Dawn's early light at Sotana de las Golindrinas
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Despite the man’s proclamation, we hiked down the flagstone pathway
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and eventually reached this HUGE hole in the ground. It isn’t a cave in the usual sense of the word. It is a hole. A hole of grand proportions. A hole large enough to put a skyscraper in it.

To peer down into the black immensity of this hole, you first get a rope tied around your torso. Properly secured, I perched on the edge and looked down into blackness. A cool breeze came up carrying a high pitched sound with it. I looked across the chasm at the sheer walls with small trees and plants clinging to the sides. I noticed another viewing platform across the way. There were a few people there and they looked tiny.
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Now there was enough light to see the trees and a layer of clouds/fog over distant mountain tops. Then I saw them, hundreds of swift, silent, black streaks zipping around the top of the hole. ‘They’re just circling, they’re not leaving,’ I thought. It was impossible to follow an individual dot, they moved too fast. Then, suddenly a group shot out over the lip of the hole and streaked away, just above the treetops. The high pitched sound was the shrill calls of thousands of birds. It was an incredible sight to behold.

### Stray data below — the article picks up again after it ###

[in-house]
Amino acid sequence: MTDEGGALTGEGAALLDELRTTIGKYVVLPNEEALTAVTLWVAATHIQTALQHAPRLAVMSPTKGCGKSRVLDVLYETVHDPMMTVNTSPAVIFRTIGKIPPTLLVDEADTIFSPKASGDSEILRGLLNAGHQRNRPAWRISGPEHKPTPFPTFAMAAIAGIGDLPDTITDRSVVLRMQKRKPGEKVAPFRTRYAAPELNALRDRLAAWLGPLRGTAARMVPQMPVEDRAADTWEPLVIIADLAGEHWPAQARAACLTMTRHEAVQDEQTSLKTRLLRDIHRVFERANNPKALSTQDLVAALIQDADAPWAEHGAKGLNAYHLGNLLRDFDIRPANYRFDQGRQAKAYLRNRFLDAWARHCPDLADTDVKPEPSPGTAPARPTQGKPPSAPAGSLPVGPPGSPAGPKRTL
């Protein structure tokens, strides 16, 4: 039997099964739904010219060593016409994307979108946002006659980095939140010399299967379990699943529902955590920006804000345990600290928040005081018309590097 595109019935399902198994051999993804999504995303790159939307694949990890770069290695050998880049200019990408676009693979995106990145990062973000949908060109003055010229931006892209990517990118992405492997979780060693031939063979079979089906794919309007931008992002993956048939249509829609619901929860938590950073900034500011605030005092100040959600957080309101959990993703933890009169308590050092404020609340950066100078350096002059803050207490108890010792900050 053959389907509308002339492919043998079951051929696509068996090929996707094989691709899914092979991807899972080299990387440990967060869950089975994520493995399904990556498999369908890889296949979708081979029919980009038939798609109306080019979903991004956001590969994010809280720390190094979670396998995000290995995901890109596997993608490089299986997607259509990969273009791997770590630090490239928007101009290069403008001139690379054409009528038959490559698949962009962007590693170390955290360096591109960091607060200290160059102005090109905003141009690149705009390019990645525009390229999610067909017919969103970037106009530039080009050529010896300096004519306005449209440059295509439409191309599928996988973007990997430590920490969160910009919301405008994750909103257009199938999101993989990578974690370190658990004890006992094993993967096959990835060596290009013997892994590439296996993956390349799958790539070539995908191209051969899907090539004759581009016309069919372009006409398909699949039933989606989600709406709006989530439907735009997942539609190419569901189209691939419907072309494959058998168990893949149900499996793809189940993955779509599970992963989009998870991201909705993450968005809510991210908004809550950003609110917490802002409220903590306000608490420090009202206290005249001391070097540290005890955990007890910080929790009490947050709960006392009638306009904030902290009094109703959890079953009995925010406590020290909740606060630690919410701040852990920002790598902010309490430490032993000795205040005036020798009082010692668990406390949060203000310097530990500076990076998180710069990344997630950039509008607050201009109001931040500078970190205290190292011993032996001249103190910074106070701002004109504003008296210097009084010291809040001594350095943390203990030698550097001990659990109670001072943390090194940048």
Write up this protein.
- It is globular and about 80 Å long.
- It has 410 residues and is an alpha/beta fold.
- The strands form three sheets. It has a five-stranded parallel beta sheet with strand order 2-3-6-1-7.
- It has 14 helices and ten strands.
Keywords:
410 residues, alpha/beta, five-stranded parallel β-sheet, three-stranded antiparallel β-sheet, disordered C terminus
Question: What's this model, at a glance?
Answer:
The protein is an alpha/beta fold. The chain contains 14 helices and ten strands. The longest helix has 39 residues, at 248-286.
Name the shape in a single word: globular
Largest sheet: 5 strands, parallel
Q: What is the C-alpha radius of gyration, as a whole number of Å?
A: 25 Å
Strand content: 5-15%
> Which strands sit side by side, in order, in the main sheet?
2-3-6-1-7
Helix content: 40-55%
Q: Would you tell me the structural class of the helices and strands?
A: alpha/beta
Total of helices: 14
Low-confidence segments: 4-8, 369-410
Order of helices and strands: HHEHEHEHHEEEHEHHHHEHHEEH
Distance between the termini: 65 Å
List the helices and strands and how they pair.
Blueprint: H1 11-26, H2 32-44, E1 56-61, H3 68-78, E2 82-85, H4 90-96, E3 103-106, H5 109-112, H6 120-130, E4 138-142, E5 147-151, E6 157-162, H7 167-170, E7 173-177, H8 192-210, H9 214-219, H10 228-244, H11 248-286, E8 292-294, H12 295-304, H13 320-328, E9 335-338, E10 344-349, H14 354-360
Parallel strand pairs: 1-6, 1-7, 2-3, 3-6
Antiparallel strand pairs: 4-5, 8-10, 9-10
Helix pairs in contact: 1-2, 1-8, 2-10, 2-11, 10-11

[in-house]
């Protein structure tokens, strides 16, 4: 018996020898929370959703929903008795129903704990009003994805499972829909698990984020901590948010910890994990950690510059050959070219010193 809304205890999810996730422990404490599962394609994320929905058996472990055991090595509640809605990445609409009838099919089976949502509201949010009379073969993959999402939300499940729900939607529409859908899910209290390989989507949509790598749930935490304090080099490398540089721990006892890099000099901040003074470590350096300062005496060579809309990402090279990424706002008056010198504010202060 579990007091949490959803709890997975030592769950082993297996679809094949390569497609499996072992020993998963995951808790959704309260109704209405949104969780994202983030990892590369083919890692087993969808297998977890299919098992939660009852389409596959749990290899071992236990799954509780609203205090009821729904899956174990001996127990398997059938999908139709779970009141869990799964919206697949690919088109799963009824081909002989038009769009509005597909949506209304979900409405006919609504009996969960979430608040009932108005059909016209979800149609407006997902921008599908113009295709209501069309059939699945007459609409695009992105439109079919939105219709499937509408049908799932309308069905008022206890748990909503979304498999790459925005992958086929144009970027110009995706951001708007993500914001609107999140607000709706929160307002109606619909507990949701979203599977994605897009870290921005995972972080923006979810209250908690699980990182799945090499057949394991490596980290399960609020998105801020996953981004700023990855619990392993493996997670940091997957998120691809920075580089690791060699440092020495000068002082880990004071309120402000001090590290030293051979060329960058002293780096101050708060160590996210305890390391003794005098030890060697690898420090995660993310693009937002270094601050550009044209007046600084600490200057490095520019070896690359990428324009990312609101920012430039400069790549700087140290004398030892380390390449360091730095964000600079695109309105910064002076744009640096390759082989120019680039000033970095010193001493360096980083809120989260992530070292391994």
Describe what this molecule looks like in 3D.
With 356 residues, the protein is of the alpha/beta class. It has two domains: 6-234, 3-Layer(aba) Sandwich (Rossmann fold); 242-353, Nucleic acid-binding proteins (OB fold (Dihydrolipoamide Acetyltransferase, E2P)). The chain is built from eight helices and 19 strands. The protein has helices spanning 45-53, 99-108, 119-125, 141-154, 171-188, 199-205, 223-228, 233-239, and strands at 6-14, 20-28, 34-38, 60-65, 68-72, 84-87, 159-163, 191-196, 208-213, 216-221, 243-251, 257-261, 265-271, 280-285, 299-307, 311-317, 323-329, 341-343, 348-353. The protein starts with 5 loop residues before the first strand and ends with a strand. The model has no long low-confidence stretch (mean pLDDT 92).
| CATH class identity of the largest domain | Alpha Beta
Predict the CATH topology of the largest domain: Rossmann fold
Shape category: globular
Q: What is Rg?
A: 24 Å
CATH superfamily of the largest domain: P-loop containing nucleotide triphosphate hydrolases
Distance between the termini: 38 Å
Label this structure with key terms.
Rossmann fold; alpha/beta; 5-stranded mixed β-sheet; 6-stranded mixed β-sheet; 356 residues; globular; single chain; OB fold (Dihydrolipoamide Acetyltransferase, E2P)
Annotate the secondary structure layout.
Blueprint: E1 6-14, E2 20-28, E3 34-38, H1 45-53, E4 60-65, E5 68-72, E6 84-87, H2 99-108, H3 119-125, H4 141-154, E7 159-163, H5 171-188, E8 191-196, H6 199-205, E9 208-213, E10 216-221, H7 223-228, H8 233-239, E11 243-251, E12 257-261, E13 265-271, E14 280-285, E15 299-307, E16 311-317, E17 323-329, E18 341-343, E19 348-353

Only one person was allowed on the edge at a time, so I backed away to give JT his turn.

Here is a tethered JT, enjoying the view.
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Luckily, he was able to take some video in which the birds are just discernable.
(Umm, JT, can you post the vid?) In the meantime, here is a pic with the birds visible as streaks.
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We then continued on the walkway around the hole and came to the viewing platform I had spied from the previous vantage point. Here we met this friendly fellow. He was a happy dog, meeting new friends all day and ever hopeful for a handout.
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Walking back up, we paused to tip the guy who had trussed us up and held the end of the rope. The guy in goofy tights who had told us we were too late was there. He was with a group of climbers and were preparing to descend into the hole.

Suddenly I had a hunch about his glee at us being “too late”. I suppose one or both: one, the climbers must wait til there is enough natural light to begin their descent. And, I'm just guessing, but possibly they aren’t allowed to begin until the casual spectators have cleared out.

We huffed and puffed our way back up to the top and to the bikes. Once back in the parking area, we struck up a conversation with an elderly gent who was waiting while his wife hiked down to the hole. Turns out his son was one of the climbers. I really enjoyed talking to this gentleman. His English was very good and he had a philosopher’s sense of humor. Wish we had gotten a pic of us together.

 

JT

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Here's a link to the video of the swallows,

Las Golondrinas

The birds all fly around and around trying to maintain speed and gain altitude as they climb up and out of the hole, finally flying off the circle when they reach the top of the hole.
 

cdc

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Great trip, I had no idea JT knew how to ride on paved roads!!